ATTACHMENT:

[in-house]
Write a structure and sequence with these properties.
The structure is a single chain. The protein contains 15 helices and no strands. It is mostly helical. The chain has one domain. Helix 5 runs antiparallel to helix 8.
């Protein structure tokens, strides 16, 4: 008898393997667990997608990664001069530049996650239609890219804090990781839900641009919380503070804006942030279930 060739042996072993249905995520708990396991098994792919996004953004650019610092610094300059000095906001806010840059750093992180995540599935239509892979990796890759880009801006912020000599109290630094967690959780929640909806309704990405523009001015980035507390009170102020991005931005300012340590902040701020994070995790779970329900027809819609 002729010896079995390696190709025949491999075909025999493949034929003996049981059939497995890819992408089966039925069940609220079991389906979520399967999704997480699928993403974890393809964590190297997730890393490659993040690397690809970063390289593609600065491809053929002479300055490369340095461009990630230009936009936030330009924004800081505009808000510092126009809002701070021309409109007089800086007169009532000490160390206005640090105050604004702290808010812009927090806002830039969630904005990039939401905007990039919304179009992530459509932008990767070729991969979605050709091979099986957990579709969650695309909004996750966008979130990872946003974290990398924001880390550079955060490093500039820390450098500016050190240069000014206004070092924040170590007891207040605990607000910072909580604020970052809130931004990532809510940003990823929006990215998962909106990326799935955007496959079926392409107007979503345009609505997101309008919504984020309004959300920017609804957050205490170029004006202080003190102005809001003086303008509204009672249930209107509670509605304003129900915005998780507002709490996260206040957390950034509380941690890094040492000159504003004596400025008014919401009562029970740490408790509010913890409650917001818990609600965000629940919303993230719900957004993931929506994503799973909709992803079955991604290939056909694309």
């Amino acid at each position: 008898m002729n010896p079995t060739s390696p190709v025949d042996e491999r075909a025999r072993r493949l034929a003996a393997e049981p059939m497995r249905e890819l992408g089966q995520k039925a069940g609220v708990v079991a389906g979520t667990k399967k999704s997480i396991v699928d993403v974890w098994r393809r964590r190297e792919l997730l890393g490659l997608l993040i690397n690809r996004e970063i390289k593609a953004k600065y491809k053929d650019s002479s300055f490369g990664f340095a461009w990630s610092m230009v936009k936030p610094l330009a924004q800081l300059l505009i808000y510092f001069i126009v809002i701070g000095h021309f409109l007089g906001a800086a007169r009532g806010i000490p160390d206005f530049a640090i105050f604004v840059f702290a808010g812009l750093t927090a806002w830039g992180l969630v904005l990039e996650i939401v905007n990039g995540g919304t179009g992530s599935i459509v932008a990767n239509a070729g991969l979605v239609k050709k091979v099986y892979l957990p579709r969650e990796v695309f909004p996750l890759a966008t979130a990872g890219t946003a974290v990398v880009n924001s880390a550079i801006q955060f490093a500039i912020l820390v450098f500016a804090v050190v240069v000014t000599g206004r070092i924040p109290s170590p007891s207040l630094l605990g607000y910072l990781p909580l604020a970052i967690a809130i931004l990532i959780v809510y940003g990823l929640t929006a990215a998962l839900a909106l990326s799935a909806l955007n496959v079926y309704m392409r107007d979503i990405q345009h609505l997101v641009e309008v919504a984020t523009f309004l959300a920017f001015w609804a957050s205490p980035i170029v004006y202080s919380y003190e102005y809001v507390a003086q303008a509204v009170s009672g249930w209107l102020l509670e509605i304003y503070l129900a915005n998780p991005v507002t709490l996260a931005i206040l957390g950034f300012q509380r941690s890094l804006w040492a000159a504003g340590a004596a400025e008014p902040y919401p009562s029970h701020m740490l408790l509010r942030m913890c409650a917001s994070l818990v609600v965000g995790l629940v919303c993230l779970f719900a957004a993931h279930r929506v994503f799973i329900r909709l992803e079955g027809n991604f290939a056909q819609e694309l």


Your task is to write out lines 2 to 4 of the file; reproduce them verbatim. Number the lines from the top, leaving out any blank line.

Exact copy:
Write a structure and sequence with these properties.
The structure is a single chain. The protein contains 15 helices and no strands. It is mostly helical. The chain has one domain. Helix 5 runs antiparallel to helix 8.
């Protein structure tokens, strides 16, 4: 008898393997667990997608990664001069530049996650239609890219804090990781839900641009919380503070804006942030279930 060739042996072993249905995520708990396991098994792919996004953004650019610092610094300059000095906001806010840059750093992180995540599935239509892979990796890759880009801006912020000599109290630094967690959780929640909806309704990405523009001015980035507390009170102020991005931005300012340590902040701020994070995790779970329900027809819609 002729010896079995390696190709025949491999075909025999493949034929003996049981059939497995890819992408089966039925069940609220079991389906979520399967999704997480699928993403974890393809964590190297997730890393490659993040690397690809970063390289593609600065491809053929002479300055490369340095461009990630230009936009936030330009924004800081505009808000510092126009809002701070021309409109007089800086007169009532000490160390206005640090105050604004702290808010812009927090806002830039969630904005990039939401905007990039919304179009992530459509932008990767070729991969979605050709091979099986957990579709969650695309909004996750966008979130990872946003974290990398924001880390550079955060490093500039820390450098500016050190240069000014206004070092924040170590007891207040605990607000910072909580604020970052809130931004990532809510940003990823929006990215998962909106990326799935955007496959079926392409107007979503345009609505997101309008919504984020309004959300920017609804957050205490170029004006202080003190102005809001003086303008509204009672249930209107509670509605304003129900915005998780507002709490996260206040957390950034509380941690890094040492000159504003004596400025008014919401009562029970740490408790509010913890409650917001818990609600965000629940919303993230719900957004993931929506994503799973909709992803079955991604290939056909694309």